Third time is the charm
The point is that you see quite a nice animation of how your village is established on an individual level. This can be frustrating too if you are used to playing games such as Age of Empires where you can always control exactly what a unit does do and what it does not do. The great advantages of this is that you don't have to micromanage each unit. Something you will be very grateful for once you have 1700 people living in your city. You feel more part of the natural evolution of the city and you see the results of your discrete building of a farm or the strategic placement of gardens unfold before your eyes. Caesar III is my idea of a perfect mix between the fun of building a city and the excitement of defending it.
Events can unfold very quickly. Even as immigrants are streaming in to take advantage of new housing in what you think is a thriving city, you suddenly see long chains of carts being drawn out of the city as their houses turn into signposts. You quickly check the senate building stats by moving your cursor over it: 22% unemployment. I was setting up a nice residential section once and when I looked up, my population counter was at zero and I was just able to see my last former citizens slip off the map. Talk about a ghost town.
The Caesar III map offers much more detail. Various types of trees, naturally sinuous rivers and rocky, hilly areas where you are likely to find clay or iron ore. Can't find any? No need to worry. Just turn to the user-friendly, comprehensive help feature and it will tell you that you can go to a trade screen where you can import raw materials. You can then let your warehouse stock them, your workshops will collect them eventually, they will produce manufactured goods and you can sell back pottery and weapons to distant cities for a profit. Management of trade is a bit tricky as you must clearly indicate what to import and export and then confirm in your warehouse that these goods will be accepted. The buildings are real eye candy. From simple slovenly tents to Venetian villas. I especially like the animated fountains and the finely landscaped gardens. Although there may be only 3 or 4 types in the gardening set, it always seems like such an endless variety when placed next to the wonderfully crafted edifices.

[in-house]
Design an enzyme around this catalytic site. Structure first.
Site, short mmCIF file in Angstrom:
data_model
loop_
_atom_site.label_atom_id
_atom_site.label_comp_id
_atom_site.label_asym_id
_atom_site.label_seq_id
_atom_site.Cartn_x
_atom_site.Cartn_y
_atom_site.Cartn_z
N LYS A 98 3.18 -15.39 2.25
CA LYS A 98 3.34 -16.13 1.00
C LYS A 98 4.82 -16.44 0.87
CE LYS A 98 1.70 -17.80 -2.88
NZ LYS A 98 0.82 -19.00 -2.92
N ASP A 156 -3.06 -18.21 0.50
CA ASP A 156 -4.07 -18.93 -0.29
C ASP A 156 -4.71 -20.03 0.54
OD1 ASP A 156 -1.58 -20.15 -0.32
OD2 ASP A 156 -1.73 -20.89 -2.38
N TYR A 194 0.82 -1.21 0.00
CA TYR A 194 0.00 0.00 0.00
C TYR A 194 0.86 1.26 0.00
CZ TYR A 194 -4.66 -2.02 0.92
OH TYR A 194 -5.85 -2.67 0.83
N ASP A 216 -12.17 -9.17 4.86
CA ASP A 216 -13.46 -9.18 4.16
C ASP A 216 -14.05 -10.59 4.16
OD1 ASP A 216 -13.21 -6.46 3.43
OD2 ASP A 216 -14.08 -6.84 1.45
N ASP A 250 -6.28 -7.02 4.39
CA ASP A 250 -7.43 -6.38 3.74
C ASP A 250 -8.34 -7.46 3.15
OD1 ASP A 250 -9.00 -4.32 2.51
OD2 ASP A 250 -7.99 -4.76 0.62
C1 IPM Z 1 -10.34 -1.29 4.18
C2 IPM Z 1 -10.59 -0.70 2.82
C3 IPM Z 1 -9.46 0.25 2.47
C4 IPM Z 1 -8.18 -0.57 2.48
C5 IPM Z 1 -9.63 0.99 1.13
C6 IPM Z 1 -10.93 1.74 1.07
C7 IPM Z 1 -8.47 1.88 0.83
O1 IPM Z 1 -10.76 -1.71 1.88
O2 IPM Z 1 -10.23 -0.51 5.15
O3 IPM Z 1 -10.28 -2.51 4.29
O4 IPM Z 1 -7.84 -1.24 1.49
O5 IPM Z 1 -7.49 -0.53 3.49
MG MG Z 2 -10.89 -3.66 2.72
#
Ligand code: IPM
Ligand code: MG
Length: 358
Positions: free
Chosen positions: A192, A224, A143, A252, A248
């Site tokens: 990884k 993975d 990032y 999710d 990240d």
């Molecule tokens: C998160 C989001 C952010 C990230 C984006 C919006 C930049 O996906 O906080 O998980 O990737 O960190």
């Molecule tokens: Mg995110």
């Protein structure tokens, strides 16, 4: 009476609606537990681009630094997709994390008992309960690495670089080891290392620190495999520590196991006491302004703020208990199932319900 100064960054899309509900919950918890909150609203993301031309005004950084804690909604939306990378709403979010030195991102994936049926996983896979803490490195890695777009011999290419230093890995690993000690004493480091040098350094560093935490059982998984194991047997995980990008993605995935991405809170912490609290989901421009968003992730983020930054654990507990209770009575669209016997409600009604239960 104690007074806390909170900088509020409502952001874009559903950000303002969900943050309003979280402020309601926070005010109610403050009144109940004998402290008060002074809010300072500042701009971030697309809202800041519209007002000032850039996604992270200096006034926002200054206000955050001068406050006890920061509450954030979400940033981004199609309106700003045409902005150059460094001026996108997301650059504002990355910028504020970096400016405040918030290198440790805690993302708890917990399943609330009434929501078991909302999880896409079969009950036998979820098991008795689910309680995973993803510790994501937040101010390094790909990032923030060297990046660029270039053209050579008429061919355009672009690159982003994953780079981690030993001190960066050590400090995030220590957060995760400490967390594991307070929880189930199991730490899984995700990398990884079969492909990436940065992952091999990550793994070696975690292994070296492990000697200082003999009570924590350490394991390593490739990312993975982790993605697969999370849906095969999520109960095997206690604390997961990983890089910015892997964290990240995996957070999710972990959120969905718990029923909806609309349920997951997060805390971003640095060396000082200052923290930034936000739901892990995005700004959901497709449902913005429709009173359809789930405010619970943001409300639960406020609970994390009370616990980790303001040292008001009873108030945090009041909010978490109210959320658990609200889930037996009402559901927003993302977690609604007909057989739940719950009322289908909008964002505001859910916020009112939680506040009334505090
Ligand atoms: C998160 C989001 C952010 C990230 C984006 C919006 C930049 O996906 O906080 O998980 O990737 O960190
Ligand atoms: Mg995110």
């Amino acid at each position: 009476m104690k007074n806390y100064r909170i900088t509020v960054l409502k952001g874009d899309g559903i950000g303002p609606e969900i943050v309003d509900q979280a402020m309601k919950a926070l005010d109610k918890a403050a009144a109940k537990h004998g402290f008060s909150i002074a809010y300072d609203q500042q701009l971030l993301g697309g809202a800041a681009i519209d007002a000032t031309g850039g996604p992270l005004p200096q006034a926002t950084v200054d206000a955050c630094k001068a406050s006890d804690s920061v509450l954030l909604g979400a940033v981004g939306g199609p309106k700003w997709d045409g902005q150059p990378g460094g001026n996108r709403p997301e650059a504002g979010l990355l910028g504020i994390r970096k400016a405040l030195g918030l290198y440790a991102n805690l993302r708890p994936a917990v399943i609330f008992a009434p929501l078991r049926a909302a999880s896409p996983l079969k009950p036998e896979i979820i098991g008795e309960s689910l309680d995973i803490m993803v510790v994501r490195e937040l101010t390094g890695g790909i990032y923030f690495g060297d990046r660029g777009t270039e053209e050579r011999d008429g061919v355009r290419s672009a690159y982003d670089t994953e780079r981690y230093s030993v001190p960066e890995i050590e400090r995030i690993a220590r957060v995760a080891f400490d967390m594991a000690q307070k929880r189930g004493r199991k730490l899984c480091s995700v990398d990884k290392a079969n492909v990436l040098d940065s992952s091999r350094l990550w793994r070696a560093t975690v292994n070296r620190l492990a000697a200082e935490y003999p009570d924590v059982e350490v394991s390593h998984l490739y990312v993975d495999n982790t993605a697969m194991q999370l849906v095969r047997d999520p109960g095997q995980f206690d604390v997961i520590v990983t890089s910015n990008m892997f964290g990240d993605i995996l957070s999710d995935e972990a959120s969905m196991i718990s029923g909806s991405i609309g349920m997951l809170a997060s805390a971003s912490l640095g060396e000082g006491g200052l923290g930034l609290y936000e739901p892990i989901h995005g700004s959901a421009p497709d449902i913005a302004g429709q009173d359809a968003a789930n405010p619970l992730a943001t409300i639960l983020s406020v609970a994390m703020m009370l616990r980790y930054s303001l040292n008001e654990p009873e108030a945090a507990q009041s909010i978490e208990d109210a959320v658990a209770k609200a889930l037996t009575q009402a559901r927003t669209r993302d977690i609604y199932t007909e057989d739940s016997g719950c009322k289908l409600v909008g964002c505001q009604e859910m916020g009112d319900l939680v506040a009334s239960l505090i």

Although 'senate control' over your burgeoning city/empire has been extended greatly, I still feel there is a lack of continuity with what you are doing on the screen and what you need to get done in the senate chambers. This was a problem in Caesar II and from the demo it would seem that this has not been completely solved in Caesar III. Of course the demo is a demo. It does not provide access to other features such as combat and fortifications and from the screen shots that follow a gaming session, I am sure that interaction between the senate and the military/city will be more than compensated for by grand battle scenes and the fun improvements in city management. Look forward to many enjoyable hours of playing this unique, captivating cross between the best of Sim City and Age of Empires.
Page: 1 2